Chapter 13 Early 20th-Century Novels An Outline of English Literature Thornley and Roberts

Chapter 13
Early 20th-Century Novels
From An Outline of English Literature by
Thornley and Roberts
English Novels of the 20th Century
 Disappearance
of the British Empire (p.144)
 The changes in beliefs and political ideas
were influenced strongly by the events of
the WWI.
 No longer held confidence in British society,
culture and political organization.
E. M. Foster
Takes a completely different view of the
values which formed and governed British
society (p.144)
Howard’s End (1910)
1. Show the different beliefs of two
families – the Wilcoxes (who are good at
making money and are connected only with
everyday things they can see and touch) and
the Schlegel sisters (concerned with deeper,
spiritual and cultural values)
2. Theme: to connect the everyday outer
life of the Wilcoxes with the inner life
of the heart and spirit
A Passage to India (1924)
How English governed India,
the same sort of people as
the Wilcoxes in Howard’s
End, busy with traditional
ways of behaving and the
apperance of things and
pepole, unable to see the
inner truth of events.
Theme: bring together
Failures in terms of money
and worldly importance may
in fact be successful.
D. H. Lawrence
 As
a novelist, his job is to show how an
individual’s view of his own personality was
often affected by conventions of language,
family and religion (p.146)
 Relationship between people are changing and
 Took the form of the traditional novel and
made it wider and deeper
D. H. Lawrence
Sons and Lovers (1913) – p.147
Taken from his early life
Paul Morel and his relationship with his mother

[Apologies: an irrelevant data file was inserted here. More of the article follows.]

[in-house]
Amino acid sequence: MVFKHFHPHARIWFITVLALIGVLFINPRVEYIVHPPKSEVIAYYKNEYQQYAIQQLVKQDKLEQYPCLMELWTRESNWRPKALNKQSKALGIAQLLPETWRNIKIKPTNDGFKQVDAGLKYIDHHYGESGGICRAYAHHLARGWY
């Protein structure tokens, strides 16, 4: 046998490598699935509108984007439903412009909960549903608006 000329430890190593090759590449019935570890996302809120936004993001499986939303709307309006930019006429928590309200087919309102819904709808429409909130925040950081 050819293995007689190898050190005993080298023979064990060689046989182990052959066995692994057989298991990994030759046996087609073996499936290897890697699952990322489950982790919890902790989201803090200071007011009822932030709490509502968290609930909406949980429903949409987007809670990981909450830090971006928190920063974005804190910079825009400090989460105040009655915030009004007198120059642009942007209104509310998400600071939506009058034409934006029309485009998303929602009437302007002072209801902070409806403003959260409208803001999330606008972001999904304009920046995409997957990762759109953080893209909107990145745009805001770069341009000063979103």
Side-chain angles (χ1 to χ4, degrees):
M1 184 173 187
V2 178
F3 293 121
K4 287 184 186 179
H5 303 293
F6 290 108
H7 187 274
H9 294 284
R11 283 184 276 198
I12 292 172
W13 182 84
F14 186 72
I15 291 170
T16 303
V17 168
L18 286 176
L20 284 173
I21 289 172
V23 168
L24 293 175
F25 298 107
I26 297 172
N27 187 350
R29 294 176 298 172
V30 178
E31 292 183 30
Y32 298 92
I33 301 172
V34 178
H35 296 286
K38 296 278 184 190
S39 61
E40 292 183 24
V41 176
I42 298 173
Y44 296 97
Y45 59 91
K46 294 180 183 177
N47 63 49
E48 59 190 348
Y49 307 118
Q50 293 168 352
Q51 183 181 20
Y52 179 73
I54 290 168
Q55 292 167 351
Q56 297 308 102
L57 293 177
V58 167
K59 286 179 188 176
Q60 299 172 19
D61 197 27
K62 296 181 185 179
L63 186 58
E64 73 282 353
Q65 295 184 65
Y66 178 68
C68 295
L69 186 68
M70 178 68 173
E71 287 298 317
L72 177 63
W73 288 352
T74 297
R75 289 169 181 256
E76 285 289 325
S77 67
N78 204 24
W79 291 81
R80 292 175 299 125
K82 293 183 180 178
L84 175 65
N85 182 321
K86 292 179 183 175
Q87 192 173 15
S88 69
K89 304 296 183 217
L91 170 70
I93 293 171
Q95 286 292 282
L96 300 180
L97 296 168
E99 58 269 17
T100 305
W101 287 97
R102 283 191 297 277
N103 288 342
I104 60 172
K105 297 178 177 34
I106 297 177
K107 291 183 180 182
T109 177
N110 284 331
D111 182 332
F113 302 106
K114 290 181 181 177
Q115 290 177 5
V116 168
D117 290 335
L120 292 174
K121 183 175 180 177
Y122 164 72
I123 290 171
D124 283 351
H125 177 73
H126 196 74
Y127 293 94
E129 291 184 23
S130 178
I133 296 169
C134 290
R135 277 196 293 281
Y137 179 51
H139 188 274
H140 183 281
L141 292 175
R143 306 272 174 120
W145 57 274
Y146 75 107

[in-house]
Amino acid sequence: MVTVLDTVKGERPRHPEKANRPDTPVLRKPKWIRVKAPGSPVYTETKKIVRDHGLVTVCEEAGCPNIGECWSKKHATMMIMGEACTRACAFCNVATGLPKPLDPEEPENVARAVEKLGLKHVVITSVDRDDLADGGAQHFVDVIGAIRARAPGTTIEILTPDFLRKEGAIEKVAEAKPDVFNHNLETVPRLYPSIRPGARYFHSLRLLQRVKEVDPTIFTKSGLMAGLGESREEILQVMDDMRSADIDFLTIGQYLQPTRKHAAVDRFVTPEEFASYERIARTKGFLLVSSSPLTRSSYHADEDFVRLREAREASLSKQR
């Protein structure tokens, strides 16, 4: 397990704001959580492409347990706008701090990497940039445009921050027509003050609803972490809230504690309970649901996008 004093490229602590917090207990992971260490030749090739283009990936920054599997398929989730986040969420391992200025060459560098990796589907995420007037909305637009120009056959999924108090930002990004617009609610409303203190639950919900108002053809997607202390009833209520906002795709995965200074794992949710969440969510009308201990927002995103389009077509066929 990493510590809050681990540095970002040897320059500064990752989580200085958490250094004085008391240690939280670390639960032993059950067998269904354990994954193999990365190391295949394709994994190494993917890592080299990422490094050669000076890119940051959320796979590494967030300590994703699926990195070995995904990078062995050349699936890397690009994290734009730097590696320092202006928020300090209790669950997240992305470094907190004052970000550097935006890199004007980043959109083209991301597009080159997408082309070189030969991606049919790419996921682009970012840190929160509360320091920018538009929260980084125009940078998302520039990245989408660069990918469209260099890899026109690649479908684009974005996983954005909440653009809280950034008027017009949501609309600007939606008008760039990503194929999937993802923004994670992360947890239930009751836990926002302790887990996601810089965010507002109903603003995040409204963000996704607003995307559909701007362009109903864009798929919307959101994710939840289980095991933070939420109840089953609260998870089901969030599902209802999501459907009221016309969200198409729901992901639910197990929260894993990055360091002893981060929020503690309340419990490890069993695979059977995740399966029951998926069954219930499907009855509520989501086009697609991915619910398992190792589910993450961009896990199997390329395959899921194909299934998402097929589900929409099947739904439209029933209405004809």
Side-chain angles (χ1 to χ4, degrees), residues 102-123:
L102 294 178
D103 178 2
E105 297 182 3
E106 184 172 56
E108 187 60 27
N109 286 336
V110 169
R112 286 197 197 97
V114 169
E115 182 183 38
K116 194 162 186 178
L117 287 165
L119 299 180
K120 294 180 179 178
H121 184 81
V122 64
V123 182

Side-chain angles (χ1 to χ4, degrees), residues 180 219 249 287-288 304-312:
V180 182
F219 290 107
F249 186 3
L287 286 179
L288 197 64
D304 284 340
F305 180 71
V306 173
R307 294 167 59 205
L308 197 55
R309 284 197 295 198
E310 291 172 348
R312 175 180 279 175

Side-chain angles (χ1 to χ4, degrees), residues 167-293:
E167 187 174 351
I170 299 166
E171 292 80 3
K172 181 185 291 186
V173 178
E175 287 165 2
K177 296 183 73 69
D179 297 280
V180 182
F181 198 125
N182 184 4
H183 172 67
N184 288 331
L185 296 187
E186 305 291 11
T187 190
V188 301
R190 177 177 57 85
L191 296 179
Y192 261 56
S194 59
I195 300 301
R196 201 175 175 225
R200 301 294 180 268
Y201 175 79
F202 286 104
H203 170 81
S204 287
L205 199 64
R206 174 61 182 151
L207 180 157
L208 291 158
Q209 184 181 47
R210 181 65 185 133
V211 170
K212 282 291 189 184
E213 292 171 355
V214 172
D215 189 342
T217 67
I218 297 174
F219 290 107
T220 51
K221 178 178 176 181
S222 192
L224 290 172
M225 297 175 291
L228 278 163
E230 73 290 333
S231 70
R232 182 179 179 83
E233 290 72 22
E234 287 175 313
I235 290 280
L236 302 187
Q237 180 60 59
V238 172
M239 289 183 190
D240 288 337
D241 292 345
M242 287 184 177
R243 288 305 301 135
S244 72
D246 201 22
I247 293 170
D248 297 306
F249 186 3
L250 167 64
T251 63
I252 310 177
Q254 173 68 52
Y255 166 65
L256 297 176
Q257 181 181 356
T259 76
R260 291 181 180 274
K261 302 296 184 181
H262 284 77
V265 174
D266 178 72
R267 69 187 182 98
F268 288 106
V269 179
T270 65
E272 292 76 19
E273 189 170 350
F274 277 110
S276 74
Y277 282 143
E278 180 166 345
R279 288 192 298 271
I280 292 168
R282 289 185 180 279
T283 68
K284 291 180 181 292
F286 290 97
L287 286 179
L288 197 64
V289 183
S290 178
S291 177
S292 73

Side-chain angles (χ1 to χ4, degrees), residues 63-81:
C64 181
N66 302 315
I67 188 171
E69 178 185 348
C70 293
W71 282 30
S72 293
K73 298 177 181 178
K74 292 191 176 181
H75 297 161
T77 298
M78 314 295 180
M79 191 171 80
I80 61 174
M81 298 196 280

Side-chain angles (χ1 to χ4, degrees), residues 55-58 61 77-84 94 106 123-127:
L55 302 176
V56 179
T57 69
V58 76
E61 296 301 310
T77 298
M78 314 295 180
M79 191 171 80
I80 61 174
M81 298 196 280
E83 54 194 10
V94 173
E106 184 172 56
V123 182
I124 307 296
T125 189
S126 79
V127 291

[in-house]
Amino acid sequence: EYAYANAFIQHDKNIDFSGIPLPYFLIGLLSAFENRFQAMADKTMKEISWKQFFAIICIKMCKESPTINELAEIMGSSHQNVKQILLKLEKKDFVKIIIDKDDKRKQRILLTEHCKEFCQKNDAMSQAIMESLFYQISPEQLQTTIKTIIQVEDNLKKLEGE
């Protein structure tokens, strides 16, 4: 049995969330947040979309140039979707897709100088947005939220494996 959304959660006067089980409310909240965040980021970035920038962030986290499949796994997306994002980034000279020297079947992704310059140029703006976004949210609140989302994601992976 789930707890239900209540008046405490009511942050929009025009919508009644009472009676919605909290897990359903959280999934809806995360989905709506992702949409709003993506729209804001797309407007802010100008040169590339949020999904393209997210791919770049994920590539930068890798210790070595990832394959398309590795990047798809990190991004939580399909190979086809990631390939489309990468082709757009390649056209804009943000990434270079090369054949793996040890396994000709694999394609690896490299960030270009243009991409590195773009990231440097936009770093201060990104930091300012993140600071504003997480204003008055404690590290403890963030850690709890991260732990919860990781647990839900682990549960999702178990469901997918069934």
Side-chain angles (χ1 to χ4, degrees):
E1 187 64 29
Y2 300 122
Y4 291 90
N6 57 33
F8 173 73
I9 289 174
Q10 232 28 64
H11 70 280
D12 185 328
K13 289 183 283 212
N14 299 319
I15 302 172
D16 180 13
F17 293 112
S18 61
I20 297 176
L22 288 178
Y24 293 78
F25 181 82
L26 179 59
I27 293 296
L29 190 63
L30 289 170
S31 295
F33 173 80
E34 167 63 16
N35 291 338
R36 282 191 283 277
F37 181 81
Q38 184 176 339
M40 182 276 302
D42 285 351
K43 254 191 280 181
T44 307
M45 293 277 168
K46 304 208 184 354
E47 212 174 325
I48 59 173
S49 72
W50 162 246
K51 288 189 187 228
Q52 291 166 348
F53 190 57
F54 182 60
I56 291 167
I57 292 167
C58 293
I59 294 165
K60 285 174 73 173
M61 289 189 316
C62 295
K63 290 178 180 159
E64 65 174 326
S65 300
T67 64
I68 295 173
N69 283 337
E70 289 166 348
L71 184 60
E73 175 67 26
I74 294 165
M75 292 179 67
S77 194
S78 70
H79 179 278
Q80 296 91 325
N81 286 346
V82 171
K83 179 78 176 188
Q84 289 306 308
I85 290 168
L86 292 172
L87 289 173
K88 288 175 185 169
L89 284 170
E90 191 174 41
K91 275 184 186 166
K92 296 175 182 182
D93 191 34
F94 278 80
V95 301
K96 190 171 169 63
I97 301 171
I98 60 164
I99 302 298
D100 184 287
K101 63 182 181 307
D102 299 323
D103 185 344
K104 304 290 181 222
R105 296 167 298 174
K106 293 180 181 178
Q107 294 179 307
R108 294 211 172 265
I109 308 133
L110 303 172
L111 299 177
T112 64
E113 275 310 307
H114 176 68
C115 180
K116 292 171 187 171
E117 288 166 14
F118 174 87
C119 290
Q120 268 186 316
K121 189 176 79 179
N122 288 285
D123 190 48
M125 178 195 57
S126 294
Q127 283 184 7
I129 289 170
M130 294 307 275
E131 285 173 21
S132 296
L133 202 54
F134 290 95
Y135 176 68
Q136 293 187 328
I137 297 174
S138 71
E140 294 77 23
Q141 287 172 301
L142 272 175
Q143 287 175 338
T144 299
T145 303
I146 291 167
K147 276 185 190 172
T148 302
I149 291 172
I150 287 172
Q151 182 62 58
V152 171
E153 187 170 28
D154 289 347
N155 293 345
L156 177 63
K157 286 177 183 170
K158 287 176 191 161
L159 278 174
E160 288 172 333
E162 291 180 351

He needs her mother to help him make sense of the world
around him, but in order to become an independent man/artist,
he has to struggle to become free from her influence.
Struggle to put the outer and inner world together in a true
The Rainbow (1915) – a family through three couples of
different ages
Women In Love (1916) – two sisters trying to understand the
true meaning of love and to work towards a real closeness of
James Joyce
Born and educated in Ireland (p.148)
Dubliners (1914) -- a collection of short stories,
“The Dead”
A Portrait of the Artist as a Young Man (1916)
presents Joyce himself as a young man in the
character of Stephen Dedalus
Shows how he gradually frees himself from the
influence of two strong forces, political and
religious feelings to follow his own nature and his
own fate
James Joyce
Ulysses (1922) – p.149
Created a new style of writing, has no real plot
Allows the readers to move inside the minds of the
characters, and presents their thoughts and feelings
in a continuous stream
Breaking the usual rules of description, speech and
“Interior Monologue” or “Stream of Consciousness”
A powerful influence on the work of many other
James Joyce
Finnegan’s Wake (1939)
Creates another new type of language
Mixed up sentences and words
Uses of references to ancient stories to
express themes of (1) the nature of creation
of the artist and of God (2) the humor and
tragedy of human life
Virginia Woolf
Attempts to explore the
consciousness of her characters (p.150)
To the Lighthouse (1927)
Mr. Ramsay – represents the truth of facts
that can be proved
Mrs. Ramsay – represents an attempt to find
the truth that lies below the facts
Virginia Woolf
Orlando (1928) -- Presents a character who begins
as a man in the 16th century and ends as a woman
in 1928 (p.151)
The Waves (1931) – takes six characters at different
points of their lives and show how each is affected
by the death of a person
Critical studies on literature and other subjects
George Orwell
Conscious of the ways in which language could be
used to hide the truth (p.157)
Governments can use language to deceive the people
1984 (1949)
Describes a future world where every word and
action is seen and controlled by the state
Changing the language so the only words left are
those for objects and ideas that the government wants
the people to know about
This picture of the future was influenced by the
hardships and political events of the WWII
George Orwell